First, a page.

Schwartz received two modest “BRIO” grants from Bronx Council for the Arts to support his travels to Northern Ireland, but he largely financed the ten-year project on his own. All told, he shot 173 rolls of black-and-white film in Belfast. His contact prints provide insights into his creative process, showing the numerous images it took to get to one that met his standards for an outstanding photograph, which he stated in a 1999 interview with Photographer’s Forum, must “evoke an emotional response from the viewer, and have strong emotions shown by the subjects themselves” (Schaub 1999, 28).
In the same interview, Schwartz commented: “there is a political/social point of view that I, as a photographer, try to communicate in my Irish work. This is the great value of photography as photojournalism. I want people to see what I see and to document the adverse conditions in Belfast so that my work will publicize the wasted lives caused by ‘the troubles’ in Northern Ireland, with special attention to the children there” (Schaub 1999, 30). He added, “I love these kids and feel for them” (Schaub 1999, 29).
In 2016, Schwartz self-published a selection of his photos under the title Irish Eyes: Children of West Belfast, 1988-1997. In the introductory essay, he remarked: “I saw West Belfast, with its Catholic residents, as a virtual ghetto under martial law, with ‘Peace Walls’ built by the British to separate Republican from Loyalists neighborhoods” (Schwartz 2016, ). The book includes reproductions of nearly a hundred of his photos, some showing the same children as they grew up.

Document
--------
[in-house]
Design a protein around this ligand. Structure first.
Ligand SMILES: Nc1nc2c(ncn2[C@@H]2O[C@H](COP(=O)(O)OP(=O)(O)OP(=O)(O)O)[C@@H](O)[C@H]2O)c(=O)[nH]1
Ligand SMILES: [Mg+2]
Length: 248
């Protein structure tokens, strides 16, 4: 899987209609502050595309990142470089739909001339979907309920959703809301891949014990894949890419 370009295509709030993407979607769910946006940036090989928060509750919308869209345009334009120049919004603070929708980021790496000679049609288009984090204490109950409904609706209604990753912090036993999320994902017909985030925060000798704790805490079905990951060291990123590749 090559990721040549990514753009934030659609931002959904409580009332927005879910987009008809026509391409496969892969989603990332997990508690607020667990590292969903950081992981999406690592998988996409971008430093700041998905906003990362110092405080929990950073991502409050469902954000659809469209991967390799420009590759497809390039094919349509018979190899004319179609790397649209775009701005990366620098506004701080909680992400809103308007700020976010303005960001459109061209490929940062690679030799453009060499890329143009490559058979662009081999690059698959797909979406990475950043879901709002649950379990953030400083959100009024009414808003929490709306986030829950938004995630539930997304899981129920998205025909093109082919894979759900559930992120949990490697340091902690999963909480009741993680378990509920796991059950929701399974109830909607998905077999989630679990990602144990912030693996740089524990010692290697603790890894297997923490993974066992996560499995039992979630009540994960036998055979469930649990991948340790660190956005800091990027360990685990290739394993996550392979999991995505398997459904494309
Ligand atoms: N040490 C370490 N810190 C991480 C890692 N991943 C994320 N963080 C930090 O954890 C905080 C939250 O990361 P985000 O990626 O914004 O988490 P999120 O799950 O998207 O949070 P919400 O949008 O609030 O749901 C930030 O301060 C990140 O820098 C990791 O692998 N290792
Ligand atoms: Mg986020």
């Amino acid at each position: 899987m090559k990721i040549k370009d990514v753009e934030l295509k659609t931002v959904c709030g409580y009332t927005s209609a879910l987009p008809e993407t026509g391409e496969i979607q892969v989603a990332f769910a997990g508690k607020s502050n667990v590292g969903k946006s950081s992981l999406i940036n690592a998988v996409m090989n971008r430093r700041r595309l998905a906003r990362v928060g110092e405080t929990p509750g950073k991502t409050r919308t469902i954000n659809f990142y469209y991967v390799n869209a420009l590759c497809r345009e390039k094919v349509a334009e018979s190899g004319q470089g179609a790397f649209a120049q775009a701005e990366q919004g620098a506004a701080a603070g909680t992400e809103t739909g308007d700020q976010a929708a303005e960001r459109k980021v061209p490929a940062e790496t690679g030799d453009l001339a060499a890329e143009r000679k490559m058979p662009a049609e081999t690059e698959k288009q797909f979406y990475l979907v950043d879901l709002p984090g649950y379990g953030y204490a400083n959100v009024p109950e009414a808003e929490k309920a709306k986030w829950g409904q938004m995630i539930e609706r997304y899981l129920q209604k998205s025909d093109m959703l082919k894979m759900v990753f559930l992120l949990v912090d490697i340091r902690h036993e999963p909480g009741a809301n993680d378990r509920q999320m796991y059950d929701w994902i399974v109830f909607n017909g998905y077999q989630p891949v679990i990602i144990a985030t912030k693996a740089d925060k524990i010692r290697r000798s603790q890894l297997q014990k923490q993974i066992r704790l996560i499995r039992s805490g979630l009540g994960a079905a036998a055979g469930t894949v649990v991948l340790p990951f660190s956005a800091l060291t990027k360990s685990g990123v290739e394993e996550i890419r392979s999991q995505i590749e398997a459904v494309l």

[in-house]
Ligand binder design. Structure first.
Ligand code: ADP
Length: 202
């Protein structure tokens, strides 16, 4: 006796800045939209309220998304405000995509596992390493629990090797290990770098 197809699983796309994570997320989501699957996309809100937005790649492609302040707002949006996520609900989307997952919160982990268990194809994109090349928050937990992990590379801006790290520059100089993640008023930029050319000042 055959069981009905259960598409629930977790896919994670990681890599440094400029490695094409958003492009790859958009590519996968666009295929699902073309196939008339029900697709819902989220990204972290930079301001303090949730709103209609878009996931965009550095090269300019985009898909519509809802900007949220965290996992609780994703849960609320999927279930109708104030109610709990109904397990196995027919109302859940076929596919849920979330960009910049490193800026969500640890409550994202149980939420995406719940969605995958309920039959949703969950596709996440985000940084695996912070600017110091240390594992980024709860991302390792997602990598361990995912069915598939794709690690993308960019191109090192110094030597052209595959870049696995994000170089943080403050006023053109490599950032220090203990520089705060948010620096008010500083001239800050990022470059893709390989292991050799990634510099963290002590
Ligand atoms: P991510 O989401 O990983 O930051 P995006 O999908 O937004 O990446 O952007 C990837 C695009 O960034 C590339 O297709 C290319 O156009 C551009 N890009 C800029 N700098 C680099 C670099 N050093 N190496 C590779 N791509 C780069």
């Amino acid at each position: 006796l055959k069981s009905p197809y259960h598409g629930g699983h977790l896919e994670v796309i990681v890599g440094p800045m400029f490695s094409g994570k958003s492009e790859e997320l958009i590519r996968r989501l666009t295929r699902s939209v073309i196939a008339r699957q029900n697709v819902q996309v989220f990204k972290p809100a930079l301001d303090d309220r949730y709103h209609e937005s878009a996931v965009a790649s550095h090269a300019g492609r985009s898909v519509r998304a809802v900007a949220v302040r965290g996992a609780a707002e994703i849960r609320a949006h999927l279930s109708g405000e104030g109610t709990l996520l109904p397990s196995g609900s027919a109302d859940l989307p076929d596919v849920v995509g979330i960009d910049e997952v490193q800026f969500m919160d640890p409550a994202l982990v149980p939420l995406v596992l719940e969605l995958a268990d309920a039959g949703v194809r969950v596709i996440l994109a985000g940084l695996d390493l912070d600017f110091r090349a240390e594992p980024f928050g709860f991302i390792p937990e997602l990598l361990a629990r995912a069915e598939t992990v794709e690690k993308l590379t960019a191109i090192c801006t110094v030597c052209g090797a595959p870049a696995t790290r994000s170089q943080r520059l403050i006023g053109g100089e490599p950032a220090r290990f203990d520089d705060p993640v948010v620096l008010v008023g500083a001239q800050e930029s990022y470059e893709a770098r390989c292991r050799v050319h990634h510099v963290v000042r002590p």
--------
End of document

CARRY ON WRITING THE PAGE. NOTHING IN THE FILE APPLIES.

Some of Schwartz’s Belfast photos are also available in the permanent collection of the Brooklyn Museum. The Library of Congress holds a number of photographs he took on 9/11, documenting the horror of the terrorists attacks. A sampling of these images and others of his native Bronx are available on his personal website, which his sister now maintains as a memorial to his compassionate eye and lens.
“Michael was a true photojournalist if there ever was one,” remarked Daily News editor-in-chief Arthur Browne upon learning of his death. “Despite his tough exterior, he had a softness in his heart that’s evident in his photography” (McShane 2017).
- Christian Dupont, Burns Librarian, John J. Burns Library
- Lynn Moulton, Processing Archivist, John J. Burns Library
Michael Schwartz Northern Ireland photographs, MS.2018.005, John J. Burns Library, Boston College. http://hdl.handle.net/2345.2/MS2018-005.
Chen, David. “Suspicious Fire Burns Exhibit On Ulster Strife.” New York Times, September 14, 1998.
McShane, Larry. “Legendary New York Photographer Michael Schwartz Dead at 73.” New York Daily News, August 16, 2017.
“Michael Schwartz Photography,” accessed September 16, 2018: http://michael-schwartz-photo.com/.
Schaub, Grace. “Interview with Michael Schwartz,” Photographer’s Forum, May, 1999, 26-30.
Schwartz, Michael. Irish Eyes: Children of West Belfast, 1988-1997. New York: Michael Schwartz, 2016.